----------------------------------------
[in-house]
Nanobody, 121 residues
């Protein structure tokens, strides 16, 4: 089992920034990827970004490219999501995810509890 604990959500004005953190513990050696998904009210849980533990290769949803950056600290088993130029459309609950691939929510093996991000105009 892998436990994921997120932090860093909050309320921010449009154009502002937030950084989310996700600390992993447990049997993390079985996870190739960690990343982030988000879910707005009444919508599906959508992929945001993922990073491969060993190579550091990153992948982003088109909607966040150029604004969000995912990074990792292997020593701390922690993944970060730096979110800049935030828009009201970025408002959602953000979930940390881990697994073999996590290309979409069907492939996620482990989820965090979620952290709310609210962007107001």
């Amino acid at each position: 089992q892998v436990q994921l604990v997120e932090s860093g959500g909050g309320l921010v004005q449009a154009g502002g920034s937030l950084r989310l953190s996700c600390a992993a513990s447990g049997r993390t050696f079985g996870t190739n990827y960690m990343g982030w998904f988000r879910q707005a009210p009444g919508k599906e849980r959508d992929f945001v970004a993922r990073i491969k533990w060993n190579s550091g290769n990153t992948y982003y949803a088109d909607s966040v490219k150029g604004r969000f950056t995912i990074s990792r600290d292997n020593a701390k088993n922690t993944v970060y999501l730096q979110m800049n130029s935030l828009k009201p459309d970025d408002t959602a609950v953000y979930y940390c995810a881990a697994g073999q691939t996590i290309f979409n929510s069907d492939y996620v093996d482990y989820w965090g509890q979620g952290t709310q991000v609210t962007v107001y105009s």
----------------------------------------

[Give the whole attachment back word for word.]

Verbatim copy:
[in-house]
Nanobody, 121 residues
């Protein structure tokens, strides 16, 4: 089992920034990827970004490219999501995810509890 604990959500004005953190513990050696998904009210849980533990290769949803950056600290088993130029459309609950691939929510093996991000105009 892998436990994921997120932090860093909050309320921010449009154009502002937030950084989310996700600390992993447990049997993390079985996870190739960690990343982030988000879910707005009444919508599906959508992929945001993922990073491969060993190579550091990153992948982003088109909607966040150029604004969000995912990074990792292997020593701390922690993944970060730096979110800049935030828009009201970025408002959602953000979930940390881990697994073999996590290309979409069907492939996620482990989820965090979620952290709310609210962007107001």
């Amino acid at each position: 089992q892998v436990q994921l604990v997120e932090s860093g959500g909050g309320l921010v004005q449009a154009g502002g920034s937030l950084r989310l953190s996700c600390a992993a513990s447990g049997r993390t050696f079985g996870t190739n990827y960690m990343g982030w998904f988000r879910q707005a009210p009444g919508k599906e849980r959508d992929f945001v970004a993922r990073i491969k533990w060993n190579s550091g290769n990153t992948y982003y949803a088109d909607s966040v490219k150029g604004r969000f950056t995912i990074s990792r600290d292997n020593a701390k088993n922690t993944v970060y999501l730096q979110m800049n130029s935030l828009k009201p459309d970025d408002t959602a609950v953000y979930y940390c995810a881990a697994g073999q691939t996590i290309f979409n929510s069907d492939y996620v093996d482990y989820w965090g509890q979620g952290t709310q991000v609210t962007v107001y105009s």